Piano Action Adjustments and Voicing
Whereas tuning a piano adjusts the pitches of the piano strings, voicing a piano adjusts its tone. The piano can sound "bright" or "mellow", powerful or quiet. Some degree of tone regulating is usually desirable at each tuning session. For a piano to sound good and play properly, the mechanical parts must be maintained to a high degree of fine adjustment. Wear and tear on cloth bushings, leather pads and felt piano hammers, as well as changes in the moisture content of the wooden piano action parts, can alter the geometry and tightness tolerances away from the design specifications of your piano action.
The following three pictures are intended to illustrate why minute changes, multiplied by several action parts, can affect the overall performance, or "feel" of the keys of your piano.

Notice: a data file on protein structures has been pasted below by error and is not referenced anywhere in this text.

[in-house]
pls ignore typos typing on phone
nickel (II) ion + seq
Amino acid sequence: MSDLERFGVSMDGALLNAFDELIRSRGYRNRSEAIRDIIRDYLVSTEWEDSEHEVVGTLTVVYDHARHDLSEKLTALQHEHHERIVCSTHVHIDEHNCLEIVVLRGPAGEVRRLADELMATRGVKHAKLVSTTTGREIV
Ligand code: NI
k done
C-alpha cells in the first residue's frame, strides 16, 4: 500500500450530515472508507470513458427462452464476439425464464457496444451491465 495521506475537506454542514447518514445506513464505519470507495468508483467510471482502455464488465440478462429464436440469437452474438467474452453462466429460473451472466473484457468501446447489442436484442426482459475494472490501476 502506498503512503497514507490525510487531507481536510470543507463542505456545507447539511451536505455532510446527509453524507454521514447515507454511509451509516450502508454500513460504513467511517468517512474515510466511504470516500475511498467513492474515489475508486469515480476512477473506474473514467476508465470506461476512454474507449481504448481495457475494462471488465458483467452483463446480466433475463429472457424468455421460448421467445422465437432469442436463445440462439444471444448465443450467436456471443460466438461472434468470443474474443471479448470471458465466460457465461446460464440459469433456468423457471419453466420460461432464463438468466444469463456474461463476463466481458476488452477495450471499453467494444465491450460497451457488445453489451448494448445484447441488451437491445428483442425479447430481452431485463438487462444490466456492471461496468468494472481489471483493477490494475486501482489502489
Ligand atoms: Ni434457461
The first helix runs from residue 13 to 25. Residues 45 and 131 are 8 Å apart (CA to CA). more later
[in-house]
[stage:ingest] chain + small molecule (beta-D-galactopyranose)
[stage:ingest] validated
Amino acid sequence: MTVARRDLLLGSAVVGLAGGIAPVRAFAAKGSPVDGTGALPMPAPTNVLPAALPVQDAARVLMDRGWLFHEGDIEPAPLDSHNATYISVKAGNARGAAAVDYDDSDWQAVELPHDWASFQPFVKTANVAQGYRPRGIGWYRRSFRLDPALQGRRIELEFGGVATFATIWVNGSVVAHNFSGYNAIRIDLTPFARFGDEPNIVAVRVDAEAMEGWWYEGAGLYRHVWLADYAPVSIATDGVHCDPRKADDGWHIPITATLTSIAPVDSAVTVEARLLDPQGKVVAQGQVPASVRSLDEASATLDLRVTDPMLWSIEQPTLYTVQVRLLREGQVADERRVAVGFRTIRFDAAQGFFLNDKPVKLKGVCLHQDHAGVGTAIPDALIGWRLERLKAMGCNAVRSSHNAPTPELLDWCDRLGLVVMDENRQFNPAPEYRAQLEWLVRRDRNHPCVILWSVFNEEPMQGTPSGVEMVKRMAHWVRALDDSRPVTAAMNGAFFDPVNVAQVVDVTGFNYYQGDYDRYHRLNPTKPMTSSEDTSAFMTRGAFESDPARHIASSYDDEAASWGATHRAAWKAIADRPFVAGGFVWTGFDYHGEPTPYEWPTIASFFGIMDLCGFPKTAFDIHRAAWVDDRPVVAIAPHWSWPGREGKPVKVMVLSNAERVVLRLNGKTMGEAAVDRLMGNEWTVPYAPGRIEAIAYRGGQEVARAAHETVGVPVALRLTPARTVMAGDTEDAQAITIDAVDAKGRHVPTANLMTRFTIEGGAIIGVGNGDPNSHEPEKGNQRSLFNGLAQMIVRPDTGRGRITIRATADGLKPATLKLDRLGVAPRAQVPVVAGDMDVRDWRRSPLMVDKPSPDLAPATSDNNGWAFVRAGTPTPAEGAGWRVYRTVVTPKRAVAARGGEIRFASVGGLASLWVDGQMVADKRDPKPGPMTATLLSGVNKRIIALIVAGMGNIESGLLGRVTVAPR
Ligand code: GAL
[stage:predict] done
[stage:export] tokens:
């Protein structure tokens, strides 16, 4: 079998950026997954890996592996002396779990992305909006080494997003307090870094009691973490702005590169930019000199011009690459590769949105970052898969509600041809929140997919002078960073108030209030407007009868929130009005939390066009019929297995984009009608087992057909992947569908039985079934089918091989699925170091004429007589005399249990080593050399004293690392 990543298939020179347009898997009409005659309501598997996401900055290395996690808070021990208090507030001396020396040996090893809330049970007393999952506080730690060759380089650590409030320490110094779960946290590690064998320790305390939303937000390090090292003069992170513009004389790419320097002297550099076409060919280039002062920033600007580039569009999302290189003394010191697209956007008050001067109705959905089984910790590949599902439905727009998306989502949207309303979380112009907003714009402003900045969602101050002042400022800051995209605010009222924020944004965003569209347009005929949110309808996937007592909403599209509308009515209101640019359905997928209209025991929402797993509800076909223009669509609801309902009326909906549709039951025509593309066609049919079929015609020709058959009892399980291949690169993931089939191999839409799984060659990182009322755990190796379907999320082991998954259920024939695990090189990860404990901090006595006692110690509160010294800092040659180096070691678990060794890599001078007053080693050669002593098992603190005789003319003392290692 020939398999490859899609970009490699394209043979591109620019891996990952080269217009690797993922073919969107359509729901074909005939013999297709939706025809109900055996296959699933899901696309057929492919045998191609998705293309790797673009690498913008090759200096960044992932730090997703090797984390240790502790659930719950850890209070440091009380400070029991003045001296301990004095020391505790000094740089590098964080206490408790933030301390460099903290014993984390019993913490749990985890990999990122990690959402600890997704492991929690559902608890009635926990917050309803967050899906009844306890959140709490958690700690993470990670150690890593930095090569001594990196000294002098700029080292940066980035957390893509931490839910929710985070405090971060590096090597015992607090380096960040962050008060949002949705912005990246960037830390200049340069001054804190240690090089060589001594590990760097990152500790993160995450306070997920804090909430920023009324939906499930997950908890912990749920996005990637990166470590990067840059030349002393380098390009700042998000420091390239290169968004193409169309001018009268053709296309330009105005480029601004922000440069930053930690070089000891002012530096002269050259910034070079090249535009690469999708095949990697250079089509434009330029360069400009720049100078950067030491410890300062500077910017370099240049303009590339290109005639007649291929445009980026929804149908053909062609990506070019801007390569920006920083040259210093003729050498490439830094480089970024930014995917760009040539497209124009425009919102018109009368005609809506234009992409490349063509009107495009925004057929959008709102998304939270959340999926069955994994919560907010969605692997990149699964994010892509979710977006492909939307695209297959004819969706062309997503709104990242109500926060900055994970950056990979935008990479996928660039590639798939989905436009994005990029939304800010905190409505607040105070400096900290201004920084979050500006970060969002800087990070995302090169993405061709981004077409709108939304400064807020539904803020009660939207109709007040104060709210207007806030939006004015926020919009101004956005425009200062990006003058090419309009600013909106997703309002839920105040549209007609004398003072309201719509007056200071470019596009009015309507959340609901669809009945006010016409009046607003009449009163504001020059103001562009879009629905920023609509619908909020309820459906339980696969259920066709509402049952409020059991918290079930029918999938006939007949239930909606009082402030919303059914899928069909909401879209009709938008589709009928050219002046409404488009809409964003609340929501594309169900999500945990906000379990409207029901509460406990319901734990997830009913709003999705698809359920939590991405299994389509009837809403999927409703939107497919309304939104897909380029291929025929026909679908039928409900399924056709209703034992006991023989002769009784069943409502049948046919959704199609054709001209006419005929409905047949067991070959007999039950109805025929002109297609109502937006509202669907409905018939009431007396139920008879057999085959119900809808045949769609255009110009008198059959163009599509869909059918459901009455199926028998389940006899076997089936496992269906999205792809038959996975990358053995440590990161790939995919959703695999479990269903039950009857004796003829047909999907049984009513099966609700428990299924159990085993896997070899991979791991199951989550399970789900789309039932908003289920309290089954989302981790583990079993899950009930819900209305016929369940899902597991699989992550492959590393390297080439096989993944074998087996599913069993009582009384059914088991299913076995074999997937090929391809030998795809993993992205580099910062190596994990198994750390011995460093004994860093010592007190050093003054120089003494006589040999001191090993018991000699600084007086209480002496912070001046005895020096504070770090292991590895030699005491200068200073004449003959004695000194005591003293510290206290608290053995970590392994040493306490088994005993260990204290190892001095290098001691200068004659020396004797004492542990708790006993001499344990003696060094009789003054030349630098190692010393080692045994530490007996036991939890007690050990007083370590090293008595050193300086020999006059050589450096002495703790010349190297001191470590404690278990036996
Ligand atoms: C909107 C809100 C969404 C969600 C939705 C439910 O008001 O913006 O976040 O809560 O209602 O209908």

How the Piano Action Works
This cutaway view of the piano action shows one key and its movement. When the front of the key (1) is pressed down, the back comes up. It raises the underlever (2) which lifts the damper (3) off the string (4). At the same time, the capstan screw (5) pushes the whippen (6) up, which in turn flips the hammer (7) so it strikes the string. The unnumbered parts between (6) and (10) make up the escapement mechanism, virtually unchanged since the pianos invention over 300 years ago, that allows quick repetition and the ability to play loud and soft.
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